In August 2015, the Duke and Duchess of Cambridge were forced to issue a statement via their private secretary, Jason Knauf, detailing the “dangerous” and “distressing” methods paps were using to obtain photos of their children, George and Charlotte.
The statement told of paparazzi hiding in private fields and woodlands, obscuring themselves in sand dunes to take photographs, using other children to lure Prince George into sight and monitoring the movements of the Princess Charlotte (then just a baby) and her nanny around London parks.
But this public statement was a mistake, says Princess Diana’s former bodyguard Ken Wharfe.
Instead, Kate and William should restrict their children to royal grounds, he says.
“My argument, having worked in similar circumstances, is if you don’t want that intrusion, if you don’t want that negative publicity, why do you need to take a baby that doesn’t know where she is to a park in South London that’s open to the public?” Wharfe tells Kate Thorton during episode six of Yahoo UK’s ‘The Royal Box’.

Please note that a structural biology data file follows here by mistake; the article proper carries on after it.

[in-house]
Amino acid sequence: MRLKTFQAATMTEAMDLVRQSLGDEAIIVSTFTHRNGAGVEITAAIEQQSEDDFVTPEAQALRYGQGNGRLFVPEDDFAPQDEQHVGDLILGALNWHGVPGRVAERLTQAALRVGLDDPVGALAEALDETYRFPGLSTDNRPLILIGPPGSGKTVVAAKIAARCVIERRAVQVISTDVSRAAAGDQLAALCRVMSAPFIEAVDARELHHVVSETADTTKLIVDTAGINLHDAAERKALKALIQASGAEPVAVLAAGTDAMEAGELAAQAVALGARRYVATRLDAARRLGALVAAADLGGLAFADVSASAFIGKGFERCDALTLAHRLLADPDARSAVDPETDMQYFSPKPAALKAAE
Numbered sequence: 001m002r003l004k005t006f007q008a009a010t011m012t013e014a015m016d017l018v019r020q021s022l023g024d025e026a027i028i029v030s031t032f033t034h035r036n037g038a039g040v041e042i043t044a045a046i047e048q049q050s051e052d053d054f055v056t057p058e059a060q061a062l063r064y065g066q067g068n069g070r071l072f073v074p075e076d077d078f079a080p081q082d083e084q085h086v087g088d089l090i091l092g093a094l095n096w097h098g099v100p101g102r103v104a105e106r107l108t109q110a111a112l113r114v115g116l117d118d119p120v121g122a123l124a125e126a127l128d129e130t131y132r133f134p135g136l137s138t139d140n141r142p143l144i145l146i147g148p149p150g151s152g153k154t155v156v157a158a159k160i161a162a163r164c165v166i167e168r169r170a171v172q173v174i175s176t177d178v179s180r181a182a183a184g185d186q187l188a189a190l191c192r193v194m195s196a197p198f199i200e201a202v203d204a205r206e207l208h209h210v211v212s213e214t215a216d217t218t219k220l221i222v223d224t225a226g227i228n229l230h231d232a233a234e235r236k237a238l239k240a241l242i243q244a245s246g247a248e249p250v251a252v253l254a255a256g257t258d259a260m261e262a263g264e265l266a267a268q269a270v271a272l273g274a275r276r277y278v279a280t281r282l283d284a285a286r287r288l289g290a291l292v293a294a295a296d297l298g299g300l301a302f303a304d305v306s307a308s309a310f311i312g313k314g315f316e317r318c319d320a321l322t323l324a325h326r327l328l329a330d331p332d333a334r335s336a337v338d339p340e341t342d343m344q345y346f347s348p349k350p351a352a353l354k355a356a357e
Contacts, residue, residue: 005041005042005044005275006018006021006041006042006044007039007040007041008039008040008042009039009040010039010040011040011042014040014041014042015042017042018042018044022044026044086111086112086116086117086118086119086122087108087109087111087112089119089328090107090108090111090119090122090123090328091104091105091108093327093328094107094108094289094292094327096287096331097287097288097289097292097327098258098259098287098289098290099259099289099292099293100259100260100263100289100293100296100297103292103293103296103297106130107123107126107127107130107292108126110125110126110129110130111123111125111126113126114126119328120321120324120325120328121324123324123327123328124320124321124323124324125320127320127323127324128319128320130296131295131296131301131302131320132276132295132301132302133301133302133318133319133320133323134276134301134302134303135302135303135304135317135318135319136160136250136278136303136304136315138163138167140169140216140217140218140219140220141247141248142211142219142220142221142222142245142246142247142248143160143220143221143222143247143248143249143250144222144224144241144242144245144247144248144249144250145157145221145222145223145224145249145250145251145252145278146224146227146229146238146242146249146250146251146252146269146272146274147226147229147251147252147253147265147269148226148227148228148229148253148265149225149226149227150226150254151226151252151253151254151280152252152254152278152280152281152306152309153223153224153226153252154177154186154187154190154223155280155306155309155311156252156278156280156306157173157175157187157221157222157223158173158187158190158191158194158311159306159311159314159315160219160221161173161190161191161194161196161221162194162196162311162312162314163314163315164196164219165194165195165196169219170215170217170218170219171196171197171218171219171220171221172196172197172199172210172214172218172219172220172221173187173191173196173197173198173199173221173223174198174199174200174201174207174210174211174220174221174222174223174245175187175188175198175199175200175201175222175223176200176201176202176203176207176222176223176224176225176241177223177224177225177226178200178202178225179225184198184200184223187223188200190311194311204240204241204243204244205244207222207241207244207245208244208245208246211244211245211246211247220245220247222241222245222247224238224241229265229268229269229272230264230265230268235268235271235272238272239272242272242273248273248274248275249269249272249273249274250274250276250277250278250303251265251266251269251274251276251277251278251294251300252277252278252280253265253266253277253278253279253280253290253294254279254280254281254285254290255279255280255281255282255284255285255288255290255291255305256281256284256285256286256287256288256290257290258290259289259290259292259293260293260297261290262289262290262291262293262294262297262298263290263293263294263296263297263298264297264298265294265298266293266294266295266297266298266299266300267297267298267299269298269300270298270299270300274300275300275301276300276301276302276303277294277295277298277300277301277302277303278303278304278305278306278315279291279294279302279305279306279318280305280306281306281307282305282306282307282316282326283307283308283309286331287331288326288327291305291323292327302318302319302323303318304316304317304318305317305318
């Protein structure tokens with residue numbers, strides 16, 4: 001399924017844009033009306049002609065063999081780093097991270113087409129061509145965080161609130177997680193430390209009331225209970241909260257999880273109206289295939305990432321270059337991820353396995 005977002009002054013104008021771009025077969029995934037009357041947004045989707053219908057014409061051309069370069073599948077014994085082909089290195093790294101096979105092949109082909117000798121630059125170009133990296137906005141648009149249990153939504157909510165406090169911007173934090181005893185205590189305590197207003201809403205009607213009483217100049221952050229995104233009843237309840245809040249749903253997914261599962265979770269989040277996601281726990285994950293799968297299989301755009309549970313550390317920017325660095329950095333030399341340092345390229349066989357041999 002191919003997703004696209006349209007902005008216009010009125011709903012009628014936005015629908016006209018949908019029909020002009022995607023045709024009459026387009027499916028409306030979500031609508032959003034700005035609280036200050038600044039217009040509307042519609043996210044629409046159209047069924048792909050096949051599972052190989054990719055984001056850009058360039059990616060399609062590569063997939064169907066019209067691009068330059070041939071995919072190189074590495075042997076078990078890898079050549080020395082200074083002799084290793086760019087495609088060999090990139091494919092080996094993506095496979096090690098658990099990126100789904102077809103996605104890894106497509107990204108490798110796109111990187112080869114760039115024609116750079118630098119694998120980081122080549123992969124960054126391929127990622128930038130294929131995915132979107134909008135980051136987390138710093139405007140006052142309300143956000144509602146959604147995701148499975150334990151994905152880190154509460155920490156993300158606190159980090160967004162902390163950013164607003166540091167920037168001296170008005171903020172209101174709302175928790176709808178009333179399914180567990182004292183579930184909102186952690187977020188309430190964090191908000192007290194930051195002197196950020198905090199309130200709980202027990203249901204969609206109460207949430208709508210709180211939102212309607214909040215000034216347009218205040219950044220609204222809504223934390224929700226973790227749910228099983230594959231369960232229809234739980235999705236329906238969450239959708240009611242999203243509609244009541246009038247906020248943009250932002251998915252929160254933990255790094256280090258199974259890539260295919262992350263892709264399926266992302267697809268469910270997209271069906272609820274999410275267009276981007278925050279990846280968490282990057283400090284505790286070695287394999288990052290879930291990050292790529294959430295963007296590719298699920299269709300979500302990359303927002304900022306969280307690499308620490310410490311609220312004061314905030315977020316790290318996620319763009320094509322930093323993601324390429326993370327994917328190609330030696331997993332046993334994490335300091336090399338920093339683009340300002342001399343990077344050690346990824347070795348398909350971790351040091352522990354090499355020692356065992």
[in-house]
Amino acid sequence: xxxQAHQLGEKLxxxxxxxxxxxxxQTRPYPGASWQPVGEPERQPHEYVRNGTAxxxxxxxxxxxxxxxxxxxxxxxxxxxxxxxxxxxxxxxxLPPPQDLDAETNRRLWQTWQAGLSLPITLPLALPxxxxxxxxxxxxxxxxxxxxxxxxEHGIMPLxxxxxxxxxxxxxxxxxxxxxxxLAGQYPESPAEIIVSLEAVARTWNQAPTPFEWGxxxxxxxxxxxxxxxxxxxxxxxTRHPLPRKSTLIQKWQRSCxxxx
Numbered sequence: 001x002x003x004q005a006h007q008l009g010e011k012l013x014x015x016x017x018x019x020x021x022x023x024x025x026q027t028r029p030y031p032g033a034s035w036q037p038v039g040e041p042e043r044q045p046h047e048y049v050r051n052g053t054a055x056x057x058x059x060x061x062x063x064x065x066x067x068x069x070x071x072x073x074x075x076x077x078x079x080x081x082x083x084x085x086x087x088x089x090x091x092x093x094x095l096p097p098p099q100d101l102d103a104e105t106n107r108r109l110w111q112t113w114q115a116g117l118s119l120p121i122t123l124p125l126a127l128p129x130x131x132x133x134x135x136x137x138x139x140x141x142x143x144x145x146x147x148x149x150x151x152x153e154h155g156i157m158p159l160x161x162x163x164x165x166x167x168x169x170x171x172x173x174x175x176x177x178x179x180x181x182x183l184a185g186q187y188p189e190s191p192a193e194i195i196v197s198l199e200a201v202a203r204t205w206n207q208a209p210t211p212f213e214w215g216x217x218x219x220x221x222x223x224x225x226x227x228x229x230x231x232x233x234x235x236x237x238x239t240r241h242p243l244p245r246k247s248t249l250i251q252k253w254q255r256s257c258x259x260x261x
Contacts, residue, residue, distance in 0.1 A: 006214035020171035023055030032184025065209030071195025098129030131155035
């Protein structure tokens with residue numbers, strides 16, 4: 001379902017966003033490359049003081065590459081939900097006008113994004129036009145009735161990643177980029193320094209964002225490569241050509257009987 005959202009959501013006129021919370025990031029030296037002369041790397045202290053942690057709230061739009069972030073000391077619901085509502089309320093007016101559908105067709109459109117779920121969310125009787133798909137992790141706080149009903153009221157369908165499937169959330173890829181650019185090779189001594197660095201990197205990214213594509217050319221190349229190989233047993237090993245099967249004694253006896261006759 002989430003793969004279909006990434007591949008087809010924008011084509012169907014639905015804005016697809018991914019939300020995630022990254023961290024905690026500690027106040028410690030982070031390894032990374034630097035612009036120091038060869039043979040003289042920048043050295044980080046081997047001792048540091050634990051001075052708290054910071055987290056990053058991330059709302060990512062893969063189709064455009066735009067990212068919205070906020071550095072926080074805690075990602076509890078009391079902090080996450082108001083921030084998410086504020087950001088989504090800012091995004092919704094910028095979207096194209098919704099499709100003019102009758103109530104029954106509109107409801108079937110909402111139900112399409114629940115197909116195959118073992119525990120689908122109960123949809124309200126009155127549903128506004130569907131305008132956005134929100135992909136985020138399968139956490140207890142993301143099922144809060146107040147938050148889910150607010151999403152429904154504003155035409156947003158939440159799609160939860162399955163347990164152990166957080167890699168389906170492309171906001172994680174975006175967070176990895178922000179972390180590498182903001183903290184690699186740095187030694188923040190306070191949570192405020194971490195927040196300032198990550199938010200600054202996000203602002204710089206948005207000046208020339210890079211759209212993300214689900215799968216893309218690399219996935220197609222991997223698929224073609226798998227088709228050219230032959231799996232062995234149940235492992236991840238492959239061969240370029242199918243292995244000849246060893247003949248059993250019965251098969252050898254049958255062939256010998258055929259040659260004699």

“They are in such a privileged position that that baby could have walked round the gardens at Buckingham Palace, Windsor castle, anywhere else in the world, without that intrusion,” he continues.
“I think one has to be careful there.”
Wharfe, a Scotland Yard Protection Officer, guarded the princess and her sons from 1986 to the end of 1993.
The 2015 statement warned the Cambridges wanted to ensure that “history should not repeat itself”; that the young royals should not endure the kind of intrusion Prince William, Prince Harry and their mother Princess Diana faced.
William and Harry have been public about holding paparazzi photographers responsible for the death of their mother Princess Diana, who died in a car crash in Paris in 1997 after being chased by paparazzi at high speed.